It has to do with order of operations. It's the same as:
(cout << true) ? "Yes" : "No";
cout << true returns an
ostream&, which must have a conversion to bool or an equivalent. The result of
?: is thrown away.
If this seems odd (why this precedence?), just remember that ostream's
operator<< is an overload introduced in C++ code, which doesn't allow precedence changing. The precedence of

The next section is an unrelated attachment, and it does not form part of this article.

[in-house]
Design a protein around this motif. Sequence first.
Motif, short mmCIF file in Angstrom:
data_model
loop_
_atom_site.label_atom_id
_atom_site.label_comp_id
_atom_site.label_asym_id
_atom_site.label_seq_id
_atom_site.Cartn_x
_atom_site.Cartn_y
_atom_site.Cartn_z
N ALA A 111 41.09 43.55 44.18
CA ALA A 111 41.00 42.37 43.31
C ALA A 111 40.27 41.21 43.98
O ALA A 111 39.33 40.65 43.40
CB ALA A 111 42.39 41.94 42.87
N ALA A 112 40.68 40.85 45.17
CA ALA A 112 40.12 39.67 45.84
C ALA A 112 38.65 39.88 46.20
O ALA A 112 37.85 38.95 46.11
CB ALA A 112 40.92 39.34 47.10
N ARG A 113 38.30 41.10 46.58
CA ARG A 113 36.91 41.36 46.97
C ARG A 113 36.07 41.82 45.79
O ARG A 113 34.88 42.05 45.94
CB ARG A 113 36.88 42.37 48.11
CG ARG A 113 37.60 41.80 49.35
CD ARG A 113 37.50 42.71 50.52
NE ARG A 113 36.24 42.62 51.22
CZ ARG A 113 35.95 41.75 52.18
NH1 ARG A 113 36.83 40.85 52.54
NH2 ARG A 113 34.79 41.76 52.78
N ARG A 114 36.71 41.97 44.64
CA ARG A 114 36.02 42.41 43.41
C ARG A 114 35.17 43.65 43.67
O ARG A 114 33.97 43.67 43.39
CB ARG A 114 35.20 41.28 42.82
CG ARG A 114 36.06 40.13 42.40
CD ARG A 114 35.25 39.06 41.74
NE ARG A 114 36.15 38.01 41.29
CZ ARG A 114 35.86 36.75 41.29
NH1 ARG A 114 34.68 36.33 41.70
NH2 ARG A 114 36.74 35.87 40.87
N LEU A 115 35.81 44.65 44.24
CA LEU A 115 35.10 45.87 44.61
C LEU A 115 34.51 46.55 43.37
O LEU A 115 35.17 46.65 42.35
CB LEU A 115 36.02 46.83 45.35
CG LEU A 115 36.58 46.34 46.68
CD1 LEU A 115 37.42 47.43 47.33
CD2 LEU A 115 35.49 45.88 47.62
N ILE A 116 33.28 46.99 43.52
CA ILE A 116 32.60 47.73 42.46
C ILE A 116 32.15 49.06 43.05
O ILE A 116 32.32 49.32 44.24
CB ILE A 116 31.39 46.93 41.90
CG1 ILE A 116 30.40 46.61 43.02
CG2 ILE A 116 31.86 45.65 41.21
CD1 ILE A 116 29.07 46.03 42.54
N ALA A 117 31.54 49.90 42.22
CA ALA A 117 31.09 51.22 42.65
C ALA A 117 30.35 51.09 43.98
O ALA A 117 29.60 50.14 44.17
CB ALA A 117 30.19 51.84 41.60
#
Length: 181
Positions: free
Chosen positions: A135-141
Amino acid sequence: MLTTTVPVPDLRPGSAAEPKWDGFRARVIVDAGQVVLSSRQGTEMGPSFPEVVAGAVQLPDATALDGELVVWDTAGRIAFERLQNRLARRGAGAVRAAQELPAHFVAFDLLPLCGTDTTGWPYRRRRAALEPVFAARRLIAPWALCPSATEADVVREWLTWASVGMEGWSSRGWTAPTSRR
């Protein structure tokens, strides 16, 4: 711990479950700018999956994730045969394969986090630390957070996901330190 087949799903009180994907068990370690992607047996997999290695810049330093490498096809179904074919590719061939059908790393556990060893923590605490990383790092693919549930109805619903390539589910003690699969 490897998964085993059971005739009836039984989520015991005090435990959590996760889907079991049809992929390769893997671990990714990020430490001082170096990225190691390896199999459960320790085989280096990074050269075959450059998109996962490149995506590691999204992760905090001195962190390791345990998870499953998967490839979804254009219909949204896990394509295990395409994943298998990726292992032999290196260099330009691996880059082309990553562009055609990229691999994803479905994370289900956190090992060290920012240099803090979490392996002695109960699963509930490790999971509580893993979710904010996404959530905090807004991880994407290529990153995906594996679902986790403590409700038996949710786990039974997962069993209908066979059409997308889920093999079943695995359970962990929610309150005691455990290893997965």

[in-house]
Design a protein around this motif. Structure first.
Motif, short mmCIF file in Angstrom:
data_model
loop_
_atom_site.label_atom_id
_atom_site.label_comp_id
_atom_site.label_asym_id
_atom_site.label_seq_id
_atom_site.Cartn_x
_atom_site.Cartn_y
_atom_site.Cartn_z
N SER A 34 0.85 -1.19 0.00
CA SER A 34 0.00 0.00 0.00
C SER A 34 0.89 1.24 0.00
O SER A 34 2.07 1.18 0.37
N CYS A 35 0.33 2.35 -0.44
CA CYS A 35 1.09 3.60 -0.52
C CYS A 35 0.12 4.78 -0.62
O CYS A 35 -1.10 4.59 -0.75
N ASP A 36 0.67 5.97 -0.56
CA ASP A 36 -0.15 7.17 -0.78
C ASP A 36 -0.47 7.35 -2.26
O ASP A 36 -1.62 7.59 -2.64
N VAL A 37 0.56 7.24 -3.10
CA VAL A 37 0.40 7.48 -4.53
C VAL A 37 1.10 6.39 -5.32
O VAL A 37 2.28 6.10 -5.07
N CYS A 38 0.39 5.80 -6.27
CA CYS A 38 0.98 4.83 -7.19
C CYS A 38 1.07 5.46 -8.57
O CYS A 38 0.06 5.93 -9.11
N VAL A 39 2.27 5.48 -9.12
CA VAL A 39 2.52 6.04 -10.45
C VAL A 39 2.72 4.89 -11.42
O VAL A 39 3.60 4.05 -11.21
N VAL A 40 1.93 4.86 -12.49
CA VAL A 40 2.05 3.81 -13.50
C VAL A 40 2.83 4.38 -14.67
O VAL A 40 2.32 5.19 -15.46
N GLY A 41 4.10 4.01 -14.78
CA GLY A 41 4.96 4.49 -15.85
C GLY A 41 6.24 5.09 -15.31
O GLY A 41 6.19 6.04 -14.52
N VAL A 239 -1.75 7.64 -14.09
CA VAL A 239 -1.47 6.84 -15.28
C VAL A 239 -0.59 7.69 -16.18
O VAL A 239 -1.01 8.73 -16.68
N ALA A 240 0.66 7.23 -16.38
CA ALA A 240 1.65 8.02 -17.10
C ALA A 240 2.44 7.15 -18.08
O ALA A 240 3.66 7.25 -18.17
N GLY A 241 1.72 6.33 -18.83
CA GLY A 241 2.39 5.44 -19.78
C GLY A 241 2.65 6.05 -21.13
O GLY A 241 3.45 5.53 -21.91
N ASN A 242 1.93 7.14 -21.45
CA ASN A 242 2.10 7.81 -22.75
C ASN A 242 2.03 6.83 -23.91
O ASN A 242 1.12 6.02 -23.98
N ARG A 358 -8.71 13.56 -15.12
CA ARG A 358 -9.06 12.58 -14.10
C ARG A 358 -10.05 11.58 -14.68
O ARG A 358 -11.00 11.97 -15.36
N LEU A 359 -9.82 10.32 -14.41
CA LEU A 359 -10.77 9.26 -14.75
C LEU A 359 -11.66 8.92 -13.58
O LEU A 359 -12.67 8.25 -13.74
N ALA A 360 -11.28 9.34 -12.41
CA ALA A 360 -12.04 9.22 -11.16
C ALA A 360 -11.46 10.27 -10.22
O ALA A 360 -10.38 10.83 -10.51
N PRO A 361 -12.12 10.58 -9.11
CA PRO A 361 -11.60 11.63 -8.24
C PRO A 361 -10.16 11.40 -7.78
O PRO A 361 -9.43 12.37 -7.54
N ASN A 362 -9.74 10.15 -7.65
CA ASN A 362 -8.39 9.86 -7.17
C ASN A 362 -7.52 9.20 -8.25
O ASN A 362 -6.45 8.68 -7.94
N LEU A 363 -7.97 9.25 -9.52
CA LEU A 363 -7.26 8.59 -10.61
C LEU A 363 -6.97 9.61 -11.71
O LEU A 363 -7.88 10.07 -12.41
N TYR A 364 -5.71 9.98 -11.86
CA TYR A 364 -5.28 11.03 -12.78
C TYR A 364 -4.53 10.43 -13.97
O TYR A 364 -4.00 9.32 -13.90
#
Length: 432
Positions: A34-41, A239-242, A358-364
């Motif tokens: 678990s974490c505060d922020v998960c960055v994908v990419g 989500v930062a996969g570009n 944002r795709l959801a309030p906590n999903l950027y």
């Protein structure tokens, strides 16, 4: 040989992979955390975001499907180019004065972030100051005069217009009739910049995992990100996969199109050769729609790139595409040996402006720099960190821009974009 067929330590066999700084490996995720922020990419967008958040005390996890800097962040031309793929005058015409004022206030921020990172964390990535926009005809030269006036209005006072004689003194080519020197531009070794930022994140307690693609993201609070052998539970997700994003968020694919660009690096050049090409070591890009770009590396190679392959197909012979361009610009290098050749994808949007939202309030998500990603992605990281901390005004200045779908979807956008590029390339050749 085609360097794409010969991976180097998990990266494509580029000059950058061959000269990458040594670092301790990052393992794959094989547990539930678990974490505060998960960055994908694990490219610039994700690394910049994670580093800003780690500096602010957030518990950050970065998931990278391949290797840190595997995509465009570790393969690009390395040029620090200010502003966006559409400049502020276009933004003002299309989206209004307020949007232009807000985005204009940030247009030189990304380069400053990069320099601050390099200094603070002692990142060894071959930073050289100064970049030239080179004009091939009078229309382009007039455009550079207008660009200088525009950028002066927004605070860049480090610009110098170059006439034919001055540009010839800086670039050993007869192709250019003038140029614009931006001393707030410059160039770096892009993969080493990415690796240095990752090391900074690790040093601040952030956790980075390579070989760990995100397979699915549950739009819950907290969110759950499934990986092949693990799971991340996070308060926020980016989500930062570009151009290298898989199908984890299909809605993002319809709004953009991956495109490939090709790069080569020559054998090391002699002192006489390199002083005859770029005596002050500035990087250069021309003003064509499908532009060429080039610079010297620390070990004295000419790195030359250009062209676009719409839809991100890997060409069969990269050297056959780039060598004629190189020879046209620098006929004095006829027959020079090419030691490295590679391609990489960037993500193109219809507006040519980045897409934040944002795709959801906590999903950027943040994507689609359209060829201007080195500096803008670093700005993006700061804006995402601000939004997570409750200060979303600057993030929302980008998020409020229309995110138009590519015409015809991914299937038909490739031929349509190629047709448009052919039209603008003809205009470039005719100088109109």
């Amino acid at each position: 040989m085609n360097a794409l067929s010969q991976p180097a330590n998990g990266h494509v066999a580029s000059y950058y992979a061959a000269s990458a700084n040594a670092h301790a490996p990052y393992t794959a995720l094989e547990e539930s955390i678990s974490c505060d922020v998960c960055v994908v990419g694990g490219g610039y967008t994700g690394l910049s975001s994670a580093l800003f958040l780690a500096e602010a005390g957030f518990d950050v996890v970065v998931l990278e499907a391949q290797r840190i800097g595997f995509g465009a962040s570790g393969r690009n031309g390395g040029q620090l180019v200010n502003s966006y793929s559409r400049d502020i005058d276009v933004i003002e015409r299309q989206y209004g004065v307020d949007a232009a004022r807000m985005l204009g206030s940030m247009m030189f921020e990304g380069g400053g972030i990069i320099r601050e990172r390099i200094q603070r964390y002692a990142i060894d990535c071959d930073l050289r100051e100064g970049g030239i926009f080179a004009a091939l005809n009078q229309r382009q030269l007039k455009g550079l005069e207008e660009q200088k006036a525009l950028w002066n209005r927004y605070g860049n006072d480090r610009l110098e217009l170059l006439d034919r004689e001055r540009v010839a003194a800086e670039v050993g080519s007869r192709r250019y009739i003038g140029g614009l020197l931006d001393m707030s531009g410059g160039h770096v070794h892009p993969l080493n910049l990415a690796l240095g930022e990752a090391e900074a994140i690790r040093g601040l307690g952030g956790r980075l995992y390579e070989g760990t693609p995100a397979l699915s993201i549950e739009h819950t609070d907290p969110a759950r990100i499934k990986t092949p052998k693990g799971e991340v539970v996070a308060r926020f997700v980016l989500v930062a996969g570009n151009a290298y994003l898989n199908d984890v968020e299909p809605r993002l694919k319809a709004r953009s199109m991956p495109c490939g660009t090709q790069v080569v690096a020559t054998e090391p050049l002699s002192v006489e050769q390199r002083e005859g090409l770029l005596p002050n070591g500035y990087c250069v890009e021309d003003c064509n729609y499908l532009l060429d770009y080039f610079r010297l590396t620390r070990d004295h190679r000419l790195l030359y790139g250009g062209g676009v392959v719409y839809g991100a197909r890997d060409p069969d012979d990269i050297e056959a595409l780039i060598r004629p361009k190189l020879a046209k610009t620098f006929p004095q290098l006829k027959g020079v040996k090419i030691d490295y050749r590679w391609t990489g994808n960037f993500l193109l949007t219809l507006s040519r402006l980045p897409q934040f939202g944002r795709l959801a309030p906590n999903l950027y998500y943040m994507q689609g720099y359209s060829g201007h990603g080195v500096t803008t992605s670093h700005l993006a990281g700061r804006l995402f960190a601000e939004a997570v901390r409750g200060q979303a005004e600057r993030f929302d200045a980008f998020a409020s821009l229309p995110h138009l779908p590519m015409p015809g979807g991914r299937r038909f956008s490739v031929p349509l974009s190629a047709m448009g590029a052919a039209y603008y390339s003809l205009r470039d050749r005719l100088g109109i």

<< is designed for what makes sense for bit-shifting. Its use as a streaming operator came much later.
Edit: Probably converting to
(void*) using this: http://www.cplusplus.com/reference/iostream/ios/operator_voidpt/